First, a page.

Newspaper article Sarasota Herald Tribune

A Century of Farming Tradition

Newspaper article Sarasota Herald Tribune

A Century of Farming Tradition

Article excerpt

For decades, the Brown family grew just citrus, harvesting oranges from groves near the corner of McIntosh and Bee Ridge and shipping them around the country from the old town center just south of there, on Proctor. But then, a decade ago, Tim Brown decided the family, which has been farming in Southwest Florida since 1915, needed to diversify.

"The citrus industry has been shaky for the last 20 years," says Brown, seated at a small table in the shaded back corner of his family's small Parrish roadside market. He ticks off recent challenges: cankers, hurricanes, freezes, citrus greening. "There's been a lot of hurdles for the citrus industry."

To use an agricultural metaphor, the Browns had too many eggs in one basket. So Brown branched out. The family began growing its own heirloom tomatoes, leafy greens and more; started selling their own produce, plus fruit and vegetables imported from other states and countries, at a number of local farmers' markets; and opened the Parrish farmstand where Brown and I are chatting.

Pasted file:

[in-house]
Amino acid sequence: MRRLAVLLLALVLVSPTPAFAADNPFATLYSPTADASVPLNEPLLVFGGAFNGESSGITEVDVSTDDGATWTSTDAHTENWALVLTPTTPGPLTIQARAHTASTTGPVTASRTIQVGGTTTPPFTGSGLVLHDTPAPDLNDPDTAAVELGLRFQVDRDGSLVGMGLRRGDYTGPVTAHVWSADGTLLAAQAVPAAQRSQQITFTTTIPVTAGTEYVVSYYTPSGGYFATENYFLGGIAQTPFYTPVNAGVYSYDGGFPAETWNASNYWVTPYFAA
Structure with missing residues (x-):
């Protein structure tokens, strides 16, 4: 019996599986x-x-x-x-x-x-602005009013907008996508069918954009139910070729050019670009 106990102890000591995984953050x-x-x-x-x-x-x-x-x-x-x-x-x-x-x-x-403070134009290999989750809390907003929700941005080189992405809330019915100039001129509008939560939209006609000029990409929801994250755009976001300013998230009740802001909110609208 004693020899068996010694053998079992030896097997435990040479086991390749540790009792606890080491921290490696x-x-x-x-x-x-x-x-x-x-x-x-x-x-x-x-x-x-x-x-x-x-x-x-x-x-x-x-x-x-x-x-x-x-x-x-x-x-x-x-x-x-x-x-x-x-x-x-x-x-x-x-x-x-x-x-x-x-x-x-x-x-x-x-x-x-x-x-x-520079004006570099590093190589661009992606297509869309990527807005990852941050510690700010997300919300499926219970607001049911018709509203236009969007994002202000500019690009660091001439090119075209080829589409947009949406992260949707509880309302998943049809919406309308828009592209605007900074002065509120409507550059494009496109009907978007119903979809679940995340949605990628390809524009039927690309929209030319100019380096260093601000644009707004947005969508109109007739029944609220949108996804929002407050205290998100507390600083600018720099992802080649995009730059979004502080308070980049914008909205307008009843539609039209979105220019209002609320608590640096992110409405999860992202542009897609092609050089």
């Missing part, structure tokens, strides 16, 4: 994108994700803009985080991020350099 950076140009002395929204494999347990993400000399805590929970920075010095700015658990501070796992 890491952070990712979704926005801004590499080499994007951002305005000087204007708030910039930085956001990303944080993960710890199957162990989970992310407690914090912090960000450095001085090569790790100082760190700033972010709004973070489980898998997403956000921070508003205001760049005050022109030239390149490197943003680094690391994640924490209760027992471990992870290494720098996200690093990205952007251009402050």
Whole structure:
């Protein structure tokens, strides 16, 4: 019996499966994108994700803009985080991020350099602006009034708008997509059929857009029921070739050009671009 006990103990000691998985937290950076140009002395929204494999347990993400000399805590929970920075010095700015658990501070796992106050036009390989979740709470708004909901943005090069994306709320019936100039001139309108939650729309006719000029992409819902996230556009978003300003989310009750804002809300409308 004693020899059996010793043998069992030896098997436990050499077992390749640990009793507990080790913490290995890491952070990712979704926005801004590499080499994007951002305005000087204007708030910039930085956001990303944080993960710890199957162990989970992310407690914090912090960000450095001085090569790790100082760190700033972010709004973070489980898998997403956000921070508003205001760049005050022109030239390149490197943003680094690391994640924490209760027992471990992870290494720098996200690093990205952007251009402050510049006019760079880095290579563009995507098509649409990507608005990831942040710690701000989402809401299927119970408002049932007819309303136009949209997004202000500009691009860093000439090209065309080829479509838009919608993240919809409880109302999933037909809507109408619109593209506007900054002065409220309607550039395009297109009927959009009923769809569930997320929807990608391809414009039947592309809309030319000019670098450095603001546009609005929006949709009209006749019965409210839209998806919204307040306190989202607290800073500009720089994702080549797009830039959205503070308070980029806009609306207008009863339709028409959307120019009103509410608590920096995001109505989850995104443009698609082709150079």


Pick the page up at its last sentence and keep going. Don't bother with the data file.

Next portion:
That diversification philosophy has also led the Browns to plant citrus all over the area, which helps the family withstand brutal weather and to minimize damage from citrus greening, which can quickly take over whole groves. Even with all its new ventures and products, citrus shipping remains the core of the Brown's Grove business--Brown estimates that the family mails out around 3,000 gift boxes each Christmas.

The family has groves in Sarasota, Manatee and Hardee counties, but the small acreage behind the Parrish stand is dedicated to some of the family's more recent pursuits. Travis Brown, Tim's son and the fourth generation in a line of farmers that goes back almost a century, shows me the small sprouts of this season's heirloom tomatoes, just planted. "These seeds go back hundreds of years," Travis says. "They're fragile, but they've got a lot more flavor."

The Browns mold their field into long, flat-topped rows, then cover them with plastic--white on the top to keep the plants cool, black below to keep out light and prevent weed growth. …

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